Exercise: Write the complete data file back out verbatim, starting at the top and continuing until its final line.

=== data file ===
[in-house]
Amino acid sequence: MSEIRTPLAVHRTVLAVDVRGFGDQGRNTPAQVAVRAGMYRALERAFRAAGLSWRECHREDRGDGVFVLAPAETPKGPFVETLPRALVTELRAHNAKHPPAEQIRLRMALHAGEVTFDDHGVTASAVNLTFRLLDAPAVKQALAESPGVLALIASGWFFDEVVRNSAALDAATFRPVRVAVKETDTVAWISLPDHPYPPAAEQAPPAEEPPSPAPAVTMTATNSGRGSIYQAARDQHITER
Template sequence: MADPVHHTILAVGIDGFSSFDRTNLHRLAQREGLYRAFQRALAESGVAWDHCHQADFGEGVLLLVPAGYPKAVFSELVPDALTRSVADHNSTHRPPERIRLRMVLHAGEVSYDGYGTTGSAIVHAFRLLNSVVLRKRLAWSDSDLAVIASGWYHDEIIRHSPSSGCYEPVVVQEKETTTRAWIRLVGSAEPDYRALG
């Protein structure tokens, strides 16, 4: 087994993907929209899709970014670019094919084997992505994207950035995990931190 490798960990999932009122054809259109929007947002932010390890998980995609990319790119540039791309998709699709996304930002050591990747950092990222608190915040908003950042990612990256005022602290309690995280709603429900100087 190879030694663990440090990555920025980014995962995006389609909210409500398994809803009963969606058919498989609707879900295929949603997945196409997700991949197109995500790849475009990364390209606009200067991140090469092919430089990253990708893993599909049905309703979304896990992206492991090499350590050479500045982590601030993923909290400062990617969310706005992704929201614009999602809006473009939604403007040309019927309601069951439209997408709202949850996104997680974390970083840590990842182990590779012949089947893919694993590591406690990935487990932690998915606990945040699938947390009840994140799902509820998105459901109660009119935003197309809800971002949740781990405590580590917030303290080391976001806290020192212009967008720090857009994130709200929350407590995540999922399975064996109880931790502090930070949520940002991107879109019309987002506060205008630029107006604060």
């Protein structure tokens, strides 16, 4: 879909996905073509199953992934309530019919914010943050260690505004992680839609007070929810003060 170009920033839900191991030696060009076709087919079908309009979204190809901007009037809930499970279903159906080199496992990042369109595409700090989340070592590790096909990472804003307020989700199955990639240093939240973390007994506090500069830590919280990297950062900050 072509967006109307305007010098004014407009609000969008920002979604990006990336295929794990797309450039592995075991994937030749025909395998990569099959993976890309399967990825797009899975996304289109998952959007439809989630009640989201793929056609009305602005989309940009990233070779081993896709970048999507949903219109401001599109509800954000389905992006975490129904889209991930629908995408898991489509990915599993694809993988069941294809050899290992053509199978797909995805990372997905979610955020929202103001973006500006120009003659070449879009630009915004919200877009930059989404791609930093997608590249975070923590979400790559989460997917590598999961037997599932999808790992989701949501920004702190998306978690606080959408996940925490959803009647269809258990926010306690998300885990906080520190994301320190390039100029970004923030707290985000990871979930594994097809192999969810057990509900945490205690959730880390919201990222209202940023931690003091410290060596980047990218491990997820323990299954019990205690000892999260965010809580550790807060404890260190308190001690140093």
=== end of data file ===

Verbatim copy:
[in-house]
Amino acid sequence: MSEIRTPLAVHRTVLAVDVRGFGDQGRNTPAQVAVRAGMYRALERAFRAAGLSWRECHREDRGDGVFVLAPAETPKGPFVETLPRALVTELRAHNAKHPPAEQIRLRMALHAGEVTFDDHGVTASAVNLTFRLLDAPAVKQALAESPGVLALIASGWFFDEVVRNSAALDAATFRPVRVAVKETDTVAWISLPDHPYPPAAEQAPPAEEPPSPAPAVTMTATNSGRGSIYQAARDQHITER
Template sequence: MADPVHHTILAVGIDGFSSFDRTNLHRLAQREGLYRAFQRALAESGVAWDHCHQADFGEGVLLLVPAGYPKAVFSELVPDALTRSVADHNSTHRPPERIRLRMVLHAGEVSYDGYGTTGSAIVHAFRLLNSVVLRKRLAWSDSDLAVIASGWYHDEIIRHSPSSGCYEPVVVQEKETTTRAWIRLVGSAEPDYRALG
């Protein structure tokens, strides 16, 4: 087994993907929209899709970014670019094919084997992505994207950035995990931190 490798960990999932009122054809259109929007947002932010390890998980995609990319790119540039791309998709699709996304930002050591990747950092990222608190915040908003950042990612990256005022602290309690995280709603429900100087 190879030694663990440090990555920025980014995962995006389609909210409500398994809803009963969606058919498989609707879900295929949603997945196409997700991949197109995500790849475009990364390209606009200067991140090469092919430089990253990708893993599909049905309703979304896990992206492991090499350590050479500045982590601030993923909290400062990617969310706005992704929201614009999602809006473009939604403007040309019927309601069951439209997408709202949850996104997680974390970083840590990842182990590779012949089947893919694993590591406690990935487990932690998915606990945040699938947390009840994140799902509820998105459901109660009119935003197309809800971002949740781990405590580590917030303290080391976001806290020192212009967008720090857009994130709200929350407590995540999922399975064996109880931790502090930070949520940002991107879109019309987002506060205008630029107006604060």
């Protein structure tokens, strides 16, 4: 879909996905073509199953992934309530019919914010943050260690505004992680839609007070929810003060 170009920033839900191991030696060009076709087919079908309009979204190809901007009037809930499970279903159906080199496992990042369109595409700090989340070592590790096909990472804003307020989700199955990639240093939240973390007994506090500069830590919280990297950062900050 072509967006109307305007010098004014407009609000969008920002979604990006990336295929794990797309450039592995075991994937030749025909395998990569099959993976890309399967990825797009899975996304289109998952959007439809989630009640989201793929056609009305602005989309940009990233070779081993896709970048999507949903219109401001599109509800954000389905992006975490129904889209991930629908995408898991489509990915599993694809993988069941294809050899290992053509199978797909995805990372997905979610955020929202103001973006500006120009003659070449879009630009915004919200877009930059989404791609930093997608590249975070923590979400790559989460997917590598999961037997599932999808790992989701949501920004702190998306978690606080959408996940925490959803009647269809258990926010306690998300885990906080520190994301320190390039100029970004923030707290985000990871979930594994097809192999969810057990509900945490205690959730880390919201990222209202940023931690003091410290060596980047990218491990997820323990299954019990205690000892999260965010809580550790807060404890260190308190001690140093």